Cleveland acquired E.J. Gaines during free agency, but he's struggled to stay on the field throughout his career. He hasn't missed extensive time, but the Browns should have added depth at the position in case the injury bug bites again.

    Ward will likely start on the boundary. T.J. Carrie profiles as a solid slot defender. After Briean Boddy-Calhoun's disappointing 2017 season, it wouldn't be a bad idea to add veteran help to a young secondary. Terrance Mitchell followed Dorsey from the Kansas City Chiefs, but he's not a lock to contribute.

Dallas Cowboys: Safety

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    The Dallas Cowboys intend to move Byron Jones to cornerback, which creates a void at safety. Among nine selections, though, the front office didn't draft a player at the position.

    Clearly, there's confidence in the young talent, but Dallas should pursue a trade for Seattle Seahawks All-Pro free safety Earl Thomas. He doesn't play at a premium position but has the ability to change the game with takeaways.

    According to ESPN's Josina Anderson, Seattle has set a steep price for Thomas, but he could put this team over the hump in a postseason run. The Cowboys have struggled to defend on the back end. A defensive back who can erase drives with interceptions would upgrade a unit that also experiences issues with getting off the field on third down.

    The Cowboys' decision to steer clear of safeties keeps the option open for further discussion.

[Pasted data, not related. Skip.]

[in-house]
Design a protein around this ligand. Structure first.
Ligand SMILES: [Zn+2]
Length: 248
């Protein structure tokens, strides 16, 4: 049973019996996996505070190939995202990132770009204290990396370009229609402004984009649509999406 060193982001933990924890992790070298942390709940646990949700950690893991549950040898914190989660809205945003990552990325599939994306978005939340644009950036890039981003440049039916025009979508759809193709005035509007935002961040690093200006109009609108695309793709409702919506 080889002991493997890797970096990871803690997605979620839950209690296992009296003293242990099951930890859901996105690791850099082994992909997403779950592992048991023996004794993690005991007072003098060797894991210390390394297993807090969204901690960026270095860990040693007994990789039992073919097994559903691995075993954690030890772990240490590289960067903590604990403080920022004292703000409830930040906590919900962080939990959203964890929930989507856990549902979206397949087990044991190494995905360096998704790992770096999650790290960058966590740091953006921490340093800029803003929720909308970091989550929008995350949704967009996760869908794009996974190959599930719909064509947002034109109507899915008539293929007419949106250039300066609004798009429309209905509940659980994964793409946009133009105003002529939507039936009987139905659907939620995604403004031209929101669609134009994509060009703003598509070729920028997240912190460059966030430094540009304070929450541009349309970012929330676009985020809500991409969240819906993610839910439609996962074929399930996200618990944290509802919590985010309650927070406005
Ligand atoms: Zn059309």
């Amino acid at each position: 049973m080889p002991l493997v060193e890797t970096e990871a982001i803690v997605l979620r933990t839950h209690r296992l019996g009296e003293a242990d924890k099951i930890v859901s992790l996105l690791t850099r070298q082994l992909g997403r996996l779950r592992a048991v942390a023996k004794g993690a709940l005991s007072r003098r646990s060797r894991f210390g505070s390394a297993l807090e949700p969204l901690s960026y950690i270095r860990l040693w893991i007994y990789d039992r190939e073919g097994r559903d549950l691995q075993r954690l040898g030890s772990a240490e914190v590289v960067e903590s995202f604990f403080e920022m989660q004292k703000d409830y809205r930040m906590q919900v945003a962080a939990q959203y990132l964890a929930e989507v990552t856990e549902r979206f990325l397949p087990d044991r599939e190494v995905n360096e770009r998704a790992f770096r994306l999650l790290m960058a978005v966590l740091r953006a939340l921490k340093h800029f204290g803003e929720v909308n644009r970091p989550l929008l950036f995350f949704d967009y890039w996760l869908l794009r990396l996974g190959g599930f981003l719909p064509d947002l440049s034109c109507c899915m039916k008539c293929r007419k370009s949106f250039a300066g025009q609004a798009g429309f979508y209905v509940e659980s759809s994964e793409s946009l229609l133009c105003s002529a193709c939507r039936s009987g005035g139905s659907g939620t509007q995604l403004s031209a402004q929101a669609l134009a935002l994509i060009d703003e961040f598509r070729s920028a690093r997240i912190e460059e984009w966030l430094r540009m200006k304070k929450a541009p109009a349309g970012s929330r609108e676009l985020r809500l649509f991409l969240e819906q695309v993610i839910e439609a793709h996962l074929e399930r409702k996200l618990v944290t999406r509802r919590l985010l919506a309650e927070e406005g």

Denver Broncos: Left Guard

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    As long as he remains healthy, Ronald Leary will clear lanes at right guard. The Broncos ground attack, featuring Devontae Booker and Royce Freeman, should improve in the upcoming season.

    It's a different story on the left side. In 2017, Max Garcia struggled on the interior and surrendered multiple sacks. Pressure up the middle could cause quarterback Case Keenum to contemplate moving the pocket before it's necessary.

    Denver selected Arizona State product Sam Jones in the sixth round. He's not the strongest guard, but he can develop into a functional component in the trenches with added bulk to his frame.

    The Broncos have improved their offensive line over the offseason. Nonetheless, the front office would benefit from searching the waiver wire late in the offseason for added help on the left interior.

Detroit Lions: Outside Linebacker

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    The Detroit Lions skipped on linebackers during the draft, but there's a roster need alongside Jarrad Davis on the back end of the front seven.

    The Lions lost linebacker Tahir Whitehead, who played 950 snaps in 2017, per Pro Football Reference. He can also line up at all three spots across the second level of the defense.

    Detroit isn't likely to find that type of versatility on the open market. However, an experienced linebacker can serve as a Band-Aid at the position until head coach Matt Patricia finds a long-term starter on the outside.

    Patricia may also channel his inner Bill Belichick and find a diamond in the rough at the position.

    Jalen Reeves-Maybin may progress with a larger role, but a training camp competition could prove he's not ready or bring out the best in him for the upcoming season.

Green Bay Packers: Offensive Guard

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    The Green Bay Packers will run the risk of putting quarterback Aaron Rodgers in harm's way if the front office doesn't address the interior offensive line.

    Green Bay hasn't found a guard pair that compares to Josh Sitton and T.J. Lang. In 2017, Lane Taylor struggled to seal running lanes. Jahri Evans didn't look much better in that area.

    After choosing to go with Evans as a stopgap during the past year, the Packers should look for a younger asset with more upside, whether he's in-house or on the free-agent market.